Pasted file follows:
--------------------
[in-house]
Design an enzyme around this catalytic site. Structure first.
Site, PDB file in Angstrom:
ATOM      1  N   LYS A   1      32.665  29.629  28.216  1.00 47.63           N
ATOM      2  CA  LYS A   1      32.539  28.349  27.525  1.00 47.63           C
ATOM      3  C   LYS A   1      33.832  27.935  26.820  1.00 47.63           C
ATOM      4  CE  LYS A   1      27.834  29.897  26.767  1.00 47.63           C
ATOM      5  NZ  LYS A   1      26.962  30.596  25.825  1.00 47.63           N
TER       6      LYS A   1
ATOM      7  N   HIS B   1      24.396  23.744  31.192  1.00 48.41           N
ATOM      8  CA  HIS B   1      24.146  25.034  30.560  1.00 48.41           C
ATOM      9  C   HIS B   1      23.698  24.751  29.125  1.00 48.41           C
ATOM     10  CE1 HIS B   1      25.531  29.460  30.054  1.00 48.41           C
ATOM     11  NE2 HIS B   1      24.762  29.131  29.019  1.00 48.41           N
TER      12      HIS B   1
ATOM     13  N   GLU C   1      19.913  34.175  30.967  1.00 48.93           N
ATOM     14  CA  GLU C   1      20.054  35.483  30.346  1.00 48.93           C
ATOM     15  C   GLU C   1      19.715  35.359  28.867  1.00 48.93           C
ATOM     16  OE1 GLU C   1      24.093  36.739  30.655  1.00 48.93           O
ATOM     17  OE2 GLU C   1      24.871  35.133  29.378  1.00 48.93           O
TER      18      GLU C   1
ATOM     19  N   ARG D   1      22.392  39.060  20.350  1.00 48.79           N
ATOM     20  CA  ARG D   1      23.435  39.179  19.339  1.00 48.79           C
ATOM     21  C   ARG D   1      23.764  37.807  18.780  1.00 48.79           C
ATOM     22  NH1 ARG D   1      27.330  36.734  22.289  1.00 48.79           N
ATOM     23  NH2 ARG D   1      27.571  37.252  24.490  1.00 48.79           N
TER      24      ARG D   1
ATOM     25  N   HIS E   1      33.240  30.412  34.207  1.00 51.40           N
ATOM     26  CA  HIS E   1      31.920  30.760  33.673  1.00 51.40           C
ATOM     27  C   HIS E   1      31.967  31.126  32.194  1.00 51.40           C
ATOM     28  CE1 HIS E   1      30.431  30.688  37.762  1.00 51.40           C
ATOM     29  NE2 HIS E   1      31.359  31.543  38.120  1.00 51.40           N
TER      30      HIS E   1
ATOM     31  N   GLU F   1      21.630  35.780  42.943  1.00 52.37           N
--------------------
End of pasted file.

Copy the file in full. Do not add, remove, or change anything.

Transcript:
[in-house]
Design an enzyme around this catalytic site. Structure first.
Site, PDB file in Angstrom:
ATOM      1  N   LYS A   1      32.665  29.629  28.216  1.00 47.63           N
ATOM      2  CA  LYS A   1      32.539  28.349  27.525  1.00 47.63           C
ATOM      3  C   LYS A   1      33.832  27.935  26.820  1.00 47.63           C
ATOM      4  CE  LYS A   1      27.834  29.897  26.767  1.00 47.63           C
ATOM      5  NZ  LYS A   1      26.962  30.596  25.825  1.00 47.63           N
TER       6      LYS A   1
ATOM      7  N   HIS B   1      24.396  23.744  31.192  1.00 48.41           N
ATOM      8  CA  HIS B   1      24.146  25.034  30.560  1.00 48.41           C
ATOM      9  C   HIS B   1      23.698  24.751  29.125  1.00 48.41           C
ATOM     10  CE1 HIS B   1      25.531  29.460  30.054  1.00 48.41           C
ATOM     11  NE2 HIS B   1      24.762  29.131  29.019  1.00 48.41           N
TER      12      HIS B   1
ATOM     13  N   GLU C   1      19.913  34.175  30.967  1.00 48.93           N
ATOM     14  CA  GLU C   1      20.054  35.483  30.346  1.00 48.93           C
ATOM     15  C   GLU C   1      19.715  35.359  28.867  1.00 48.93           C
ATOM     16  OE1 GLU C   1      24.093  36.739  30.655  1.00 48.93           O
ATOM     17  OE2 GLU C   1      24.871  35.133  29.378  1.00 48.93           O
TER      18      GLU C   1
ATOM     19  N   ARG D   1      22.392  39.060  20.350  1.00 48.79           N
ATOM     20  CA  ARG D   1      23.435  39.179  19.339  1.00 48.79           C
ATOM     21  C   ARG D   1      23.764  37.807  18.780  1.00 48.79           C
ATOM     22  NH1 ARG D   1      27.330  36.734  22.289  1.00 48.79           N
ATOM     23  NH2 ARG D   1      27.571  37.252  24.490  1.00 48.79           N
TER      24      ARG D   1
ATOM     25  N   HIS E   1      33.240  30.412  34.207  1.00 51.40           N
ATOM     26  CA  HIS E   1      31.920  30.760  33.673  1.00 51.40           C
ATOM     27  C   HIS E   1      31.967  31.126  32.194  1.00 51.40           C
ATOM     28  CE1 HIS E   1      30.431  30.688  37.762  1.00 51.40           C
ATOM     29  NE2 HIS E   1      31.359  31.543  38.120  1.00 51.40           N
TER      30      HIS E   1
ATOM     31  N   GLU F   1      21.630  35.780  42.943  1.00 52.37           N